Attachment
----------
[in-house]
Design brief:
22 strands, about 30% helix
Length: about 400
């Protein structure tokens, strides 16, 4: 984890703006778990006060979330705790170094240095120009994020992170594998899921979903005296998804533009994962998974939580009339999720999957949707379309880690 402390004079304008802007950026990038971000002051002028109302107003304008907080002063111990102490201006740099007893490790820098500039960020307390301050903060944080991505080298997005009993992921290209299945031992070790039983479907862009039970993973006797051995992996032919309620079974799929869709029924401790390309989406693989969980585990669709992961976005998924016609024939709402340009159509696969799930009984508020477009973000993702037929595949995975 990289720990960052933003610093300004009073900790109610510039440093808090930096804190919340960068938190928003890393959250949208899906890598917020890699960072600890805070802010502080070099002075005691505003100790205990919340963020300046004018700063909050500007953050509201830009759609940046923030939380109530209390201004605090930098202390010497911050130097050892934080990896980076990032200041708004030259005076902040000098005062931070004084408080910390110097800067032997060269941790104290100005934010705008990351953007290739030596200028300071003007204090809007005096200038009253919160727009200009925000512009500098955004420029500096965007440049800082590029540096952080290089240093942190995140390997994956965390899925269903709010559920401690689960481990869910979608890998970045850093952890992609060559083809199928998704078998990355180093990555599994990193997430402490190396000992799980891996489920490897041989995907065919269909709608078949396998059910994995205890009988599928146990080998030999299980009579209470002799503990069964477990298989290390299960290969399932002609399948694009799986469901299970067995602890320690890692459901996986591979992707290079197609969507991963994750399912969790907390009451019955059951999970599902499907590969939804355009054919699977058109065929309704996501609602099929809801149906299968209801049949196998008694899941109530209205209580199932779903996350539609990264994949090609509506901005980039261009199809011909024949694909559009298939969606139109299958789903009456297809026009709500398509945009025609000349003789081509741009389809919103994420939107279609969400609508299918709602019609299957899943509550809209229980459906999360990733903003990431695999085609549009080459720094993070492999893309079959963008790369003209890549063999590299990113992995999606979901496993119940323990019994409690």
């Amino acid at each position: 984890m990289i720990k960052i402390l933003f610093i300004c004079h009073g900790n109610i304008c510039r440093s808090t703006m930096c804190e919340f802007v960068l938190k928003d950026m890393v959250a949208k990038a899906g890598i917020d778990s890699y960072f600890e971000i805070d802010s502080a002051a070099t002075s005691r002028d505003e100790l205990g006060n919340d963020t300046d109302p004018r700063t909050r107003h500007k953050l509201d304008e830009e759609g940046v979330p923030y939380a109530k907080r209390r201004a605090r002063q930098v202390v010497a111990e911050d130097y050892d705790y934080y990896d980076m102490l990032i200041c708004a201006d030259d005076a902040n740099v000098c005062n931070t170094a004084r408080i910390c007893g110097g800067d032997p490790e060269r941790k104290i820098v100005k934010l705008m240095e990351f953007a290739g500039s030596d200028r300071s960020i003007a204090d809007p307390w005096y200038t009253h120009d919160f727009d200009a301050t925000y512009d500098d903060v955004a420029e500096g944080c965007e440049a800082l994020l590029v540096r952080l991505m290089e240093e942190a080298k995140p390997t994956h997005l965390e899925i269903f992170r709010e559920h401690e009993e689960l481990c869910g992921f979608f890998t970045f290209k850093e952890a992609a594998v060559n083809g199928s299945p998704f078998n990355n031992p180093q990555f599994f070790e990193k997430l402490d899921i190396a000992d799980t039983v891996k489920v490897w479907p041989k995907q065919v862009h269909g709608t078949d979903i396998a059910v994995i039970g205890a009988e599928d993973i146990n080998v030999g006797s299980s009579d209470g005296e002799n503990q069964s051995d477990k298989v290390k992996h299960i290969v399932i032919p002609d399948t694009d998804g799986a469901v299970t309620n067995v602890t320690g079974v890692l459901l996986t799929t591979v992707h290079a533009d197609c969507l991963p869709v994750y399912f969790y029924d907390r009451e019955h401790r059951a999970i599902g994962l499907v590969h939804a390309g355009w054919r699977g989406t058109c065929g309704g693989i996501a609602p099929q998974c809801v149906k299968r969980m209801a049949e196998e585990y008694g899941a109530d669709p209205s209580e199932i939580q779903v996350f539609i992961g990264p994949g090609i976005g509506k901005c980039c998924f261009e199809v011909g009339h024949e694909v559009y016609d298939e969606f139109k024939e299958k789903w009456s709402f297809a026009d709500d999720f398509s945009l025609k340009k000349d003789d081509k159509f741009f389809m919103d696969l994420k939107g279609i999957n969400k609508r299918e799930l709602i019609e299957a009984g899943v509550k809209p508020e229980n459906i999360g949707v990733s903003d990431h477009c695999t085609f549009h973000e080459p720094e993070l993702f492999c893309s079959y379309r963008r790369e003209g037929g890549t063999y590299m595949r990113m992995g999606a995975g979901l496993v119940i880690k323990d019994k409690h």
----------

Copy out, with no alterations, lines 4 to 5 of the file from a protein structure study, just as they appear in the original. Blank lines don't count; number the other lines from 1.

Length: about 400
């Protein structure tokens, strides 16, 4: 984890703006778990006060979330705790170094240095120009994020992170594998899921979903005296998804533009994962998974939580009339999720999957949707379309880690 402390004079304008802007950026990038971000002051002028109302107003304008907080002063111990102490201006740099007893490790820098500039960020307390301050903060944080991505080298997005009993992921290209299945031992070790039983479907862009039970993973006797051995992996032919309620079974799929869709029924401790390309989406693989969980585990669709992961976005998924016609024939709402340009159509696969799930009984508020477009973000993702037929595949995975 990289720990960052933003610093300004009073900790109610510039440093808090930096804190919340960068938190928003890393959250949208899906890598917020890699960072600890805070802010502080070099002075005691505003100790205990919340963020300046004018700063909050500007953050509201830009759609940046923030939380109530209390201004605090930098202390010497911050130097050892934080990896980076990032200041708004030259005076902040000098005062931070004084408080910390110097800067032997060269941790104290100005934010705008990351953007290739030596200028300071003007204090809007005096200038009253919160727009200009925000512009500098955004420029500096965007440049800082590029540096952080290089240093942190995140390997994956965390899925269903709010559920401690689960481990869910979608890998970045850093952890992609060559083809199928998704078998990355180093990555599994990193997430402490190396000992799980891996489920490897041989995907065919269909709608078949396998059910994995205890009988599928146990080998030999299980009579209470002799503990069964477990298989290390299960290969399932002609399948694009799986469901299970067995602890320690890692459901996986591979992707290079197609969507991963994750399912969790907390009451019955059951999970599902499907590969939804355009054919699977058109065929309704996501609602099929809801149906299968209801049949196998008694899941109530209205209580199932779903996350539609990264994949090609509506901005980039261009199809011909024949694909559009298939969606139109299958789903009456297809026009709500398509945009025609000349003789081509741009389809919103994420939107279609969400609508299918709602019609299957899943509550809209229980459906999360990733903003990431695999085609549009080459720094993070492999893309079959963008790369003209890549063999590299990113992995999606979901496993119940323990019994409690």